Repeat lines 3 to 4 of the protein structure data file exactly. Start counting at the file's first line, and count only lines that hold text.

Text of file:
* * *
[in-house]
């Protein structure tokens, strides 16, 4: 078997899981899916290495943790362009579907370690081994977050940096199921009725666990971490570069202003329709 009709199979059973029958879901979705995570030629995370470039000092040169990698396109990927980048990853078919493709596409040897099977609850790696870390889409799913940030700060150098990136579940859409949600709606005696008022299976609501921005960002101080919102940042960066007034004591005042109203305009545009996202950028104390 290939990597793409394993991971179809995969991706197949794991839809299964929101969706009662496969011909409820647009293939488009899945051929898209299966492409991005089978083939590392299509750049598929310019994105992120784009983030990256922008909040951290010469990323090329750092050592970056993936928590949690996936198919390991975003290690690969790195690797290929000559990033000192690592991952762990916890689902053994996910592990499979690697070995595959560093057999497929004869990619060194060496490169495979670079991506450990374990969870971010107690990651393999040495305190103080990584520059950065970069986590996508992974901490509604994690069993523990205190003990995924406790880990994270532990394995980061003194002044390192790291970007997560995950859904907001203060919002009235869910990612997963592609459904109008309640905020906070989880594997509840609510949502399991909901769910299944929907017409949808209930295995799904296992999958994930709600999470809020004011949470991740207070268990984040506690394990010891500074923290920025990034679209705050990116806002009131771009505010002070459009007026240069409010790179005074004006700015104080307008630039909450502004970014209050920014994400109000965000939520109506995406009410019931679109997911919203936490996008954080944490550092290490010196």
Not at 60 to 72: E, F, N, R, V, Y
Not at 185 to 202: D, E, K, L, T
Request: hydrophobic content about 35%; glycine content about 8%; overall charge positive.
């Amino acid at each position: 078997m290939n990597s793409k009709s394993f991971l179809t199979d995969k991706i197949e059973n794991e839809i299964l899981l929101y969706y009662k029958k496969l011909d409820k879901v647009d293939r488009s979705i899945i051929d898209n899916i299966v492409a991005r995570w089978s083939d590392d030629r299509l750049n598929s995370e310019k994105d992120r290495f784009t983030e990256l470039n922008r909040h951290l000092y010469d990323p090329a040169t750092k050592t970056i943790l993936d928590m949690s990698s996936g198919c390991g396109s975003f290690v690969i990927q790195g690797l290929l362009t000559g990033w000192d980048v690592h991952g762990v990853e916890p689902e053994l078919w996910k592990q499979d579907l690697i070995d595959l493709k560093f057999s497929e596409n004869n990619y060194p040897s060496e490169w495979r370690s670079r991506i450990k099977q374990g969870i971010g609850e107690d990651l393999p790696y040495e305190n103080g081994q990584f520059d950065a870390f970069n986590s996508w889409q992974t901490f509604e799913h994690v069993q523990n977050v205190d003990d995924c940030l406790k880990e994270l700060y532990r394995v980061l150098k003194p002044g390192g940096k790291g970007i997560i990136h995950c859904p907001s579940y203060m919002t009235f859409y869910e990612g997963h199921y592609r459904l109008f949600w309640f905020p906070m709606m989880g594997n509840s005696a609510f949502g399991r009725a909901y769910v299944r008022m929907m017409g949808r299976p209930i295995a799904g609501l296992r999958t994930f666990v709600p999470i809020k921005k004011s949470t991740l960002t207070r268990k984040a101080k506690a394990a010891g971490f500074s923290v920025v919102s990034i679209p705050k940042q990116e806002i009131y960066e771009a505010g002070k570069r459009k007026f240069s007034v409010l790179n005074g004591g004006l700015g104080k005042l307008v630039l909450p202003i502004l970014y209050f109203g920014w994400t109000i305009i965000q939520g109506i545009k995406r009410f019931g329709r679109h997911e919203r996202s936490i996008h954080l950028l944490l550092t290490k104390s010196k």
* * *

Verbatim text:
Not at 60 to 72: E, F, N, R, V, Y
Not at 185 to 202: D, E, K, L, T